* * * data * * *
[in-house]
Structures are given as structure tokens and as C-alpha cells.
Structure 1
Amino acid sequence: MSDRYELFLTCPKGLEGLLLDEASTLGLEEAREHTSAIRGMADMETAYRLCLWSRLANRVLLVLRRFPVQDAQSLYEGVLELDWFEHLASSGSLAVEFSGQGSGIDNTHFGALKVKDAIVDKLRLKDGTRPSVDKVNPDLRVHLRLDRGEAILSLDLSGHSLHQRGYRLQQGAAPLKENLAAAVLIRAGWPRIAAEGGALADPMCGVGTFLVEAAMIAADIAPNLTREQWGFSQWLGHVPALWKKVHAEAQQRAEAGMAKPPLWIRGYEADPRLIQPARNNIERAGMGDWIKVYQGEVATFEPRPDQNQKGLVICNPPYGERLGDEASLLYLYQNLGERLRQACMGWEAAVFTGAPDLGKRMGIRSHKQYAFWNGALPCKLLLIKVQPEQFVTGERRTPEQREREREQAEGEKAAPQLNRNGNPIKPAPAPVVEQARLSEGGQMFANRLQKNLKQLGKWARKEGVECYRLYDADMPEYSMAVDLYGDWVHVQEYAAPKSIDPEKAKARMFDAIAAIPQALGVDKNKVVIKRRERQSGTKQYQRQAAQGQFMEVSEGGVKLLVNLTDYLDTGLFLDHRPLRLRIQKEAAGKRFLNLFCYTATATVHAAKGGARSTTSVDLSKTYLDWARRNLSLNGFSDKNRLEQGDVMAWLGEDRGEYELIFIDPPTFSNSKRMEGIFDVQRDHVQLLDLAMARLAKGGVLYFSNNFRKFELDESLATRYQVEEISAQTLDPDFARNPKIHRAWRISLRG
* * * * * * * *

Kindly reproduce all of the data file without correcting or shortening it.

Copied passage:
[in-house]
Structures are given as structure tokens and as C-alpha cells.
Structure 1
Amino acid sequence: MSDRYELFLTCPKGLEGLLLDEASTLGLEEAREHTSAIRGMADMETAYRLCLWSRLANRVLLVLRRFPVQDAQSLYEGVLELDWFEHLASSGSLAVEFSGQGSGIDNTHFGALKVKDAIVDKLRLKDGTRPSVDKVNPDLRVHLRLDRGEAILSLDLSGHSLHQRGYRLQQGAAPLKENLAAAVLIRAGWPRIAAEGGALADPMCGVGTFLVEAAMIAADIAPNLTREQWGFSQWLGHVPALWKKVHAEAQQRAEAGMAKPPLWIRGYEADPRLIQPARNNIERAGMGDWIKVYQGEVATFEPRPDQNQKGLVICNPPYGERLGDEASLLYLYQNLGERLRQACMGWEAAVFTGAPDLGKRMGIRSHKQYAFWNGALPCKLLLIKVQPEQFVTGERRTPEQREREREQAEGEKAAPQLNRNGNPIKPAPAPVVEQARLSEGGQMFANRLQKNLKQLGKWARKEGVECYRLYDADMPEYSMAVDLYGDWVHVQEYAAPKSIDPEKAKARMFDAIAAIPQALGVDKNKVVIKRRERQSGTKQYQRQAAQGQFMEVSEGGVKLLVNLTDYLDTGLFLDHRPLRLRIQKEAAGKRFLNLFCYTATATVHAAKGGARSTTSVDLSKTYLDWARRNLSLNGFSDKNRLEQGDVMAWLGEDRGEYELIFIDPPTFSNSKRMEGIFDVQRDHVQLLDLAMARLAKGGVLYFSNNFRKFELDESLATRYQVEEISAQTLDPDFARNPKIHRAWRISLRG